Extatosoma tiaratum

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Exatostoma tiaratum
Australian Walking Stick.jpg
E. tiaratum
Scientific classification
Kingdom: Animalia
Phylum: Arthropoda
Class: Insecta
Order: Phasmatodea
Family: Phasmatidae
Subfamily: Extatosomatinae
Genus: Extatosoma
Species: E. tiaratum
Binomial name
Extatosoma tiaratum
(Macleay, 1826)

Extatosoma tiaratum, commonly known as the giant prickly stick insect, the spiny leaf insect,[1] Macleay's spectre,[2] or the Australian walking stick, is a large species of stick insect endemic to Australia.[3][4] The species has the Phasmid Study Group number PSG9.


E. tiaratum is native to Queensland and New South Wales but has extralimital distribution as far away as New Guinea.[2]


male E. tiaratum in fifth instar

Female adult E. tiaratum are covered with thorn-like spikes for defense and camouflage. Their long, rounded bodies grow to about 5 to 8 inches (20 cm) long.[3][4] The females are further described as "heavy-bodied, brachypterous and (having) numerous spines and integumental expansions on the face and legs, including a tuft of spines on the conical occiput of the hypognathous head".[5] As mentioned, the wings of the female are too small for flying, especially when she is gravid.[1]

Exhibiting the sexual dimorphism of many similar insects (particularly other phasmids as well as mantises), males are small and thinner, growing only about 11 cm in length and have three ocelli. Males lack the thorny growths except for spikes around their faces. They have long wings and are good flyers who readily take to the air if disturbed or in search of females.[3][6]

Both sexes, when threatened, stand on the front and middle legs, pointing their abdomen up or to the side in a sort of "scorpion" pose. They fold back their legs to defend themselves if anything comes in contact with their abdomen.[3] Adults can release a defensive odor that humans might not find offensive as it "is rather reminiscent of peanut butter, vinegar or toffee".[1]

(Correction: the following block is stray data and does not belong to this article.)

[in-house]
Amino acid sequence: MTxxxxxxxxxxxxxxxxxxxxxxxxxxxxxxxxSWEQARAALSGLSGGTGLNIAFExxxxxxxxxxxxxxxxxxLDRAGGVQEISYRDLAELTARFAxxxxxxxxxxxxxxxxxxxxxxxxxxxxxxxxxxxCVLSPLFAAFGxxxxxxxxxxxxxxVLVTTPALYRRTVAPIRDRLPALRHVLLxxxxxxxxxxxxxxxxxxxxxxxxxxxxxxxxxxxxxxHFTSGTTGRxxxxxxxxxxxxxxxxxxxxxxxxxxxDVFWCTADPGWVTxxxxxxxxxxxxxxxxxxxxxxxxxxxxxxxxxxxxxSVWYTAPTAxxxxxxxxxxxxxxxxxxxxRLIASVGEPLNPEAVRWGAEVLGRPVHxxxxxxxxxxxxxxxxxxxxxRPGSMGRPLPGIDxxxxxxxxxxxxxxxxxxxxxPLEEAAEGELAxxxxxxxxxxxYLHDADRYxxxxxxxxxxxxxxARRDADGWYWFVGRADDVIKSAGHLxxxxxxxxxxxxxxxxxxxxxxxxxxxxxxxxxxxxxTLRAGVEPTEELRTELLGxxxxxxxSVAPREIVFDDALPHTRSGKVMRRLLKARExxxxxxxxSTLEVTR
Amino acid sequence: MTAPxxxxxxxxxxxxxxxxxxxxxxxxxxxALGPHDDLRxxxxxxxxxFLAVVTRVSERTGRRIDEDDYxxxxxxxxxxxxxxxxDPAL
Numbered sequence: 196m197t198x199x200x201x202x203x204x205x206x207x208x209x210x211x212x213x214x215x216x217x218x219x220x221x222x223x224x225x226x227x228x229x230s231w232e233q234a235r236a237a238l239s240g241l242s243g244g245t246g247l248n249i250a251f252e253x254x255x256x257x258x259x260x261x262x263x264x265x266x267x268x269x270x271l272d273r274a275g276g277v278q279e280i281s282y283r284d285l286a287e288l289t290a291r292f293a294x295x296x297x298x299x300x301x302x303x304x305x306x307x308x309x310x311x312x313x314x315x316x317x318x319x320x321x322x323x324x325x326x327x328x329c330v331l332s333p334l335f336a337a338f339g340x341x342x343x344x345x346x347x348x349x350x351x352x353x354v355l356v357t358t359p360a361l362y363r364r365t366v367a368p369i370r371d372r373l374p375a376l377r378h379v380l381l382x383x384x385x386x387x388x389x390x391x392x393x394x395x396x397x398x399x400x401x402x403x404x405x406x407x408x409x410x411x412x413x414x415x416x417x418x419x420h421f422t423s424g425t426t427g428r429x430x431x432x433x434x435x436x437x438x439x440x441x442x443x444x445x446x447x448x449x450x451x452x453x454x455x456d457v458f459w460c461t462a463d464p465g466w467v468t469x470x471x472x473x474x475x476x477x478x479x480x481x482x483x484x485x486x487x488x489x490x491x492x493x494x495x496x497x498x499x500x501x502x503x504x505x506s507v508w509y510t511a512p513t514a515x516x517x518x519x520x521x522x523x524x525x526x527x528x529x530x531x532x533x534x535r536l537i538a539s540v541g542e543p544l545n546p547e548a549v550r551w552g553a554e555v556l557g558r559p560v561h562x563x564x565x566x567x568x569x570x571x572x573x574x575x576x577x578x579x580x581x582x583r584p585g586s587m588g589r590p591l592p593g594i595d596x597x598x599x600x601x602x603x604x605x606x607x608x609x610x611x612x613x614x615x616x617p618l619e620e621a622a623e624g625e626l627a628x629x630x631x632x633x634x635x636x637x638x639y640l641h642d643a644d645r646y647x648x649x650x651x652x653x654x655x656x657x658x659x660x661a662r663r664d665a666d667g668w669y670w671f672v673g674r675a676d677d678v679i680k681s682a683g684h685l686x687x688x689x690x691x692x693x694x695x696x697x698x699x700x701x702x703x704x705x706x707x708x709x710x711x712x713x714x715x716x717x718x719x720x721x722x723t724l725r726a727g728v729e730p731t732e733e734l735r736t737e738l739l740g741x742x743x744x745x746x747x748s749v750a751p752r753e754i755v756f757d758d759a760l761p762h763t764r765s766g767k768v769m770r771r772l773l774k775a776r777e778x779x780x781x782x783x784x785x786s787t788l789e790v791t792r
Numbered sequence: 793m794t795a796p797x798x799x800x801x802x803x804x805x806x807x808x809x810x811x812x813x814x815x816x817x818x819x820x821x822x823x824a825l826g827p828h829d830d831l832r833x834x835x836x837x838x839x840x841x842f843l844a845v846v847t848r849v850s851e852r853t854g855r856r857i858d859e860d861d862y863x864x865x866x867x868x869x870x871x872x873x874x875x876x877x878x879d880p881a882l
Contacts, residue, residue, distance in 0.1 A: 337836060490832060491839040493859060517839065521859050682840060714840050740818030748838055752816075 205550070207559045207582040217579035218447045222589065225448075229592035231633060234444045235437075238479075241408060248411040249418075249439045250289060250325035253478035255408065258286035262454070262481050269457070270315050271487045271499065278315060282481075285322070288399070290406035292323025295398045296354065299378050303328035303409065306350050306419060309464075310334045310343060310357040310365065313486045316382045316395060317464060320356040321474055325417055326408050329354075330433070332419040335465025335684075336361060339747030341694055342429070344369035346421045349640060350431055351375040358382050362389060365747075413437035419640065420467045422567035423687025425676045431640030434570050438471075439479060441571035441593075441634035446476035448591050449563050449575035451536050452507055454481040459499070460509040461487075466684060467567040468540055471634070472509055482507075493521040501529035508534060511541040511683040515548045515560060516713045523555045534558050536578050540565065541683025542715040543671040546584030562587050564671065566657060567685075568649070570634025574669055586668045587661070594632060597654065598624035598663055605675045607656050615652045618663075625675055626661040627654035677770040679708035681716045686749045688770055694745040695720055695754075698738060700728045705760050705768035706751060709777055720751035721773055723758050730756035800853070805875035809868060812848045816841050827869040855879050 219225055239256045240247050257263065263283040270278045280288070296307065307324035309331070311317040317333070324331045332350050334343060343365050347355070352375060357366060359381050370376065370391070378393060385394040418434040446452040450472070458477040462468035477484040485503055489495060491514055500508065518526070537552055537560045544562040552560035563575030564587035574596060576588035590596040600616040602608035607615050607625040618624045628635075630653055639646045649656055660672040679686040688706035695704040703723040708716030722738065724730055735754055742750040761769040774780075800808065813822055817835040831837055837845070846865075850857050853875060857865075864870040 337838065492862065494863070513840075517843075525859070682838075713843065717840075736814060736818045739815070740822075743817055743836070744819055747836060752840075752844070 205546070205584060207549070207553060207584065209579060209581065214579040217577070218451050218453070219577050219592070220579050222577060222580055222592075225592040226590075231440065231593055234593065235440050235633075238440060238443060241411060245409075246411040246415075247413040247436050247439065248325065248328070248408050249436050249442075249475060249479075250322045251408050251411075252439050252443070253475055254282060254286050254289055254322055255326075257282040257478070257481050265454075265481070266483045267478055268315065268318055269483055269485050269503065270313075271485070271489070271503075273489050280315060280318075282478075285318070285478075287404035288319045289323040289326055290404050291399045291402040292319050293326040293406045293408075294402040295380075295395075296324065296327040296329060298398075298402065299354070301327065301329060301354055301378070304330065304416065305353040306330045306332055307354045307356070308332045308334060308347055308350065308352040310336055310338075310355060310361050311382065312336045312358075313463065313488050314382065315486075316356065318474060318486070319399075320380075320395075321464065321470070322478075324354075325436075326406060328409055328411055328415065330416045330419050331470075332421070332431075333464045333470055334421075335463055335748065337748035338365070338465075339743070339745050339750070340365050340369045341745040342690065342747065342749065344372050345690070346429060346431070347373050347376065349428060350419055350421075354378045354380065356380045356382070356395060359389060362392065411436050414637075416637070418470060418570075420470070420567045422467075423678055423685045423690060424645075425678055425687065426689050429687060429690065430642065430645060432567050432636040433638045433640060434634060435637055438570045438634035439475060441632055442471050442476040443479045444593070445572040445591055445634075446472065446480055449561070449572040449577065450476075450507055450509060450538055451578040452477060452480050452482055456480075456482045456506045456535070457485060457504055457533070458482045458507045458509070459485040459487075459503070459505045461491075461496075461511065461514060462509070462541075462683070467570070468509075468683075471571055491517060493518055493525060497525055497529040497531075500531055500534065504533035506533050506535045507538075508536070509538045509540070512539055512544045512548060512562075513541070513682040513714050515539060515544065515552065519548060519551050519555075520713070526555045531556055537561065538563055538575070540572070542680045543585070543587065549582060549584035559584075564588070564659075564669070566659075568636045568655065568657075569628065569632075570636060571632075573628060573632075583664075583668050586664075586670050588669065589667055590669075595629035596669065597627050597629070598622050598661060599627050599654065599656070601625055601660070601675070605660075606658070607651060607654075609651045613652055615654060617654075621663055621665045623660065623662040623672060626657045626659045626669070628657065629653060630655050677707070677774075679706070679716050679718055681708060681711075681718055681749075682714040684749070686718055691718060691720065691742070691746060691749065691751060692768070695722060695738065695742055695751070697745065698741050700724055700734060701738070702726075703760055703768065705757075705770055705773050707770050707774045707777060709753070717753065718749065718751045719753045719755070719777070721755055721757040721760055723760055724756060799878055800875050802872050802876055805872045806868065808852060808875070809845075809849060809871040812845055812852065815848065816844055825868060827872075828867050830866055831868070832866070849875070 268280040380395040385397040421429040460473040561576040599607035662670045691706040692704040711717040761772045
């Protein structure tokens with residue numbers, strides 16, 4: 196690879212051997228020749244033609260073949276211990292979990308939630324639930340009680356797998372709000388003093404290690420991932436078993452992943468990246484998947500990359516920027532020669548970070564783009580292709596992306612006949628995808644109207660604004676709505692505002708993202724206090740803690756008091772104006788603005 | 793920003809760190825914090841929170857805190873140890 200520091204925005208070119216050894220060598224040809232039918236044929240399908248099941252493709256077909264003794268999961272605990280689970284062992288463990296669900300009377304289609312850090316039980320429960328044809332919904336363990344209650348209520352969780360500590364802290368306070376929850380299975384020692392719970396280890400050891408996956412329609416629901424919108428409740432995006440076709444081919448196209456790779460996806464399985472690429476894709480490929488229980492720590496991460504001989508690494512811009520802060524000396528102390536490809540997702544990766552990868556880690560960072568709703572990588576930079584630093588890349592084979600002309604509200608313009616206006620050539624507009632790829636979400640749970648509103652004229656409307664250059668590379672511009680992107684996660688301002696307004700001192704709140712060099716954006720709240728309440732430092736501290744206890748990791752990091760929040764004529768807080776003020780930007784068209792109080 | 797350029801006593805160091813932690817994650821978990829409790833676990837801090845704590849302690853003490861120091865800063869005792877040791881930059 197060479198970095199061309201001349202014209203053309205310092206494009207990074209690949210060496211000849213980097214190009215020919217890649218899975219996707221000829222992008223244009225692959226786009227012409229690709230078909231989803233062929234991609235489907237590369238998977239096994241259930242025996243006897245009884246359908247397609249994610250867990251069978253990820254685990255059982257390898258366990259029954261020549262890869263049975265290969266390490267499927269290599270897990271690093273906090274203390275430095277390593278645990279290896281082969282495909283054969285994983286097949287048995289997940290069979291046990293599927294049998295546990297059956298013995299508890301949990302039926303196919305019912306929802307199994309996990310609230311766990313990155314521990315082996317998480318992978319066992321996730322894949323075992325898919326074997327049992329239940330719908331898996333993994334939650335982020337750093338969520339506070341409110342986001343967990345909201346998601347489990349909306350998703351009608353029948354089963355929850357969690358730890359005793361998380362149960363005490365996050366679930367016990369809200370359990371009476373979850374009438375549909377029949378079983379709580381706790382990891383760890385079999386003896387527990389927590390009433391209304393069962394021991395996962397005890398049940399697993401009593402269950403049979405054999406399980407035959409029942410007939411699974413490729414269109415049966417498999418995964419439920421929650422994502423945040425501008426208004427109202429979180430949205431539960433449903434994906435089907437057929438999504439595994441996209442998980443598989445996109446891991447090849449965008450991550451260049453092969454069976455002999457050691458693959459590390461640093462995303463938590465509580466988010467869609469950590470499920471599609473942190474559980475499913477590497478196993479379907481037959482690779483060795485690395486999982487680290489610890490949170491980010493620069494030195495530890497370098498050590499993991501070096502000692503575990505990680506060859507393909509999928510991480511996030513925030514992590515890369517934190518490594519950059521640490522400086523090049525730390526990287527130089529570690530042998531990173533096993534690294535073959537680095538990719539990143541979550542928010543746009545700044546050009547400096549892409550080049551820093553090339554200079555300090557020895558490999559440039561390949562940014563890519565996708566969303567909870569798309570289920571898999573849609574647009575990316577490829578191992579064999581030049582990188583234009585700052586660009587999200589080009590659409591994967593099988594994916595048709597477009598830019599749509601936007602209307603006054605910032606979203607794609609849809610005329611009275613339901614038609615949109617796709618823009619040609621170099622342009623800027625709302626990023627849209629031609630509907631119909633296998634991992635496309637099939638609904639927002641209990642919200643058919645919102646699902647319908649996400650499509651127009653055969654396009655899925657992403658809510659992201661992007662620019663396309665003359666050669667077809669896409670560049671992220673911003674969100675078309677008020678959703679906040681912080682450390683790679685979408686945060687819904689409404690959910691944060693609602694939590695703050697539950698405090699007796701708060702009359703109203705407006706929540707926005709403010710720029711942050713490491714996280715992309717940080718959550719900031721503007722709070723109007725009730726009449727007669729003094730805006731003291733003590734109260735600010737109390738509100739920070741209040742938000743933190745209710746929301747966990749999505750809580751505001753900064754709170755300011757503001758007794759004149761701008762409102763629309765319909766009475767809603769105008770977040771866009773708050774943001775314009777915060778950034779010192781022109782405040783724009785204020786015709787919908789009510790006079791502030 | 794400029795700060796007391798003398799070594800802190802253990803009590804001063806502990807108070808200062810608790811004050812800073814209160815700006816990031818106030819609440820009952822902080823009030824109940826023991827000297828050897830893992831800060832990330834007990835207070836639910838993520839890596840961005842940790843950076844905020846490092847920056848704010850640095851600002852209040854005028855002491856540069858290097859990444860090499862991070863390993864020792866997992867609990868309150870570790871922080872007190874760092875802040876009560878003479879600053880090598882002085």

E. tiaratum also take a curved pose when it hangs inverted amongst foliage with "its highly procryptic abdomen curled over its back."[2] Like many stick insects, E. tiaratum sway back and forth or side to side when disturbed. They also move this way to blend with foliage rustling in the wind.[1] Individual E. tiaratum vary in color and appear brown, mottled brown, fun, green, a reddish color, a cream color, a yellowish color, and even entirely white. Anything to help them blend in.[2][5]


E. tiaratum nymph in its first instar
E. tiaratum at the Frankfurt Zoological Garden

E. tiaratum typically reproduce through sexual reproduction and produce eggs that hatch four months later. When no males are present in the population, this stick insect exhibits parthenogenesis instead. Eggs laid without fertilization take up to nine months to hatch and produce only females. In either cases, the female "flicks" her eggs, swinging her tail, up to several feet to land on the forest floor. These eggs must be kept relatively cool - under 25 °C - or they are unlikely to hatch.[2][3]

The outside material of E. tiaratum eggs consists of lipids and other organic compounds that ants identify as food. They carry these eggs to their colony, consume the edible outer portion, and dump the intact eggs into their waste piles. Luckily for captive breeding, the ants eating the edible outer layer is not crucial to development, so they will hatch just as healthy without the need for any removal of the outer layer, which is not easily visible.[3][5]